Juneau-Douglas High School is asking the public to grade the school, and teachers are asking themselves how to improve it.
It's all part of an accreditation review resulting in a plan to improve the roughly 1,700-student high school.
``Being aware of where you want to head is probably equally important to knowing where you're at,'' JDHS teacher and Accreditation Committee member Mark Roschy told the school's site council earlier this month.
JDHS and its predecessor have been accredited since 1927, according to the Northwest Association of Schools and Colleges.
This is the first time JDHS has used the accreditation association's performance-based model, established in 1990. In the past, accreditation looked at topics such as courses, library books, activities and the building.
``We're now looking at outcomes, rather than inputs like the number of library books,'' said Stowell Johnstone, secretary of the Alaska committee of the association's schools commission.
The association doesn't ask for specific standards, but it now says schools must have them and show improvement in student performance, said Executive Director David Steadman from Boise, Idaho. The improvements will be checked every year.
``Largely, it's a call from the public and from businesses indicating the students who were being graduated were not able to do a lot of things,'' Steadman said.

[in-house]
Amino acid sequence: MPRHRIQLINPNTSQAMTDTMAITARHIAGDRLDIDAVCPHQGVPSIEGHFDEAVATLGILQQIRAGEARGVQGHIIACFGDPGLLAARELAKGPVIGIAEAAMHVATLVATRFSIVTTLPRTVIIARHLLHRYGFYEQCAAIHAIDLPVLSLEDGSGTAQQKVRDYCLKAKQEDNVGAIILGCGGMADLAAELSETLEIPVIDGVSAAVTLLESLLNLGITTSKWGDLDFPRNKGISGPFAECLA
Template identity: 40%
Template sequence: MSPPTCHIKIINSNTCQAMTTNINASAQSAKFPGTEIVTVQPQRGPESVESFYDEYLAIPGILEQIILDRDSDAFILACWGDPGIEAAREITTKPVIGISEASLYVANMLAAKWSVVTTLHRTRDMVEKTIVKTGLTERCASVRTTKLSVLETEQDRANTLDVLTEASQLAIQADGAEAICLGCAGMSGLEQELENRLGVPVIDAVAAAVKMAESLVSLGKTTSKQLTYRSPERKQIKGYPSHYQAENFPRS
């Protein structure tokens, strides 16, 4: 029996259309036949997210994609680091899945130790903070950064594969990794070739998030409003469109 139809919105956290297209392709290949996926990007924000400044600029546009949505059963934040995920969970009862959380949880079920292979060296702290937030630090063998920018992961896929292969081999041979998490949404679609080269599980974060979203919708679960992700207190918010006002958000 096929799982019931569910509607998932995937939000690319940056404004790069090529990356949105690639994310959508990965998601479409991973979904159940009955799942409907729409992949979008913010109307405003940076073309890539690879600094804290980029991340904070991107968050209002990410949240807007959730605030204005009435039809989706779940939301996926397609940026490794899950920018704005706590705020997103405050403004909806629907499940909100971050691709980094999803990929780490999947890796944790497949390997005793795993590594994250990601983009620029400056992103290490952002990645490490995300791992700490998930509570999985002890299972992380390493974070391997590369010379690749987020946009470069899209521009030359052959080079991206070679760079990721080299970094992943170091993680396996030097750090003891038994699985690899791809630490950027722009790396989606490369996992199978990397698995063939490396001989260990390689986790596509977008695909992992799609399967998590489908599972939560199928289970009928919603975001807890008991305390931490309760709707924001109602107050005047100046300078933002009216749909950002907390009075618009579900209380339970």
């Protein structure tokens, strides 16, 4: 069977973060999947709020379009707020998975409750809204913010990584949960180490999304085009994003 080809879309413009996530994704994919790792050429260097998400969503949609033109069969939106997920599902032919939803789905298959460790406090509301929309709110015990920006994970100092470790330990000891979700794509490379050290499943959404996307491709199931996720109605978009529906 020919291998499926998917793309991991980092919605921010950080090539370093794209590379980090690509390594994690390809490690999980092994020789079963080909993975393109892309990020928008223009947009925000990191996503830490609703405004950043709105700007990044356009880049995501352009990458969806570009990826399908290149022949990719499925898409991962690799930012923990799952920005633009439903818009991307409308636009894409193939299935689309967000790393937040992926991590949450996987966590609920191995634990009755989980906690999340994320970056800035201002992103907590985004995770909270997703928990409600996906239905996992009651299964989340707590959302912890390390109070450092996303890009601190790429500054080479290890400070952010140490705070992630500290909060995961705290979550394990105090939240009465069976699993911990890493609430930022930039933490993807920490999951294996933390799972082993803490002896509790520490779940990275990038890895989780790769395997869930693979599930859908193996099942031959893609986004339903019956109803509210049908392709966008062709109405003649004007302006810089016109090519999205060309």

Teachers in each department have developed ``desired learner results'' - what students can do when they graduate, said teacher Barb Mecum, an Accreditation Committee member.
The public will be involved through an opinion survey now, and by working on the school improvement plan in the spring, said Assistant Principal Kathryn Milliron, facilitator of the committee.
``The high school is a reflection of the community,'' she said. ``We do want to know how they perceive the high school and our teaching staff.''
The committee is asking the public to grade JDHS on content standards and assessments, Native and other minority student success, preparing students for work, and improving healthy attitudes and behaviors.
Those are the school district's four strategies for this school year. The survey points out the ways the high school has tried to meet those goals.
They range from setting standards in math and English to alternative programs such as CHOICE and Yaakoosge Daakahidi to the Teen Health Center and Students for Social Responsibility.
Site council facilitator Lance Carpenter is concerned the survey and the strategies it refers to may be too broad.
``The questions aren't pointed enough, I don't think. They're not written in a way that will really draw the kind of criticism that's intended,'' Carpenter said. ``There probably needs to be some focus groups to really attack it.''
Milliron will explain the accreditation process to parents from 1 to 3 p.m. Feb. 23 and from 5 to 7 p.m. Feb. 24 in the JDHS auditorium. The Accreditation Committee also has been contacting business and community groups about the survey.
Survey copies are available by calling 463-1900 or through the school district's Web site by going to www.jsd.k12.ak.us/. Look under the JDHS section of the district Web site.
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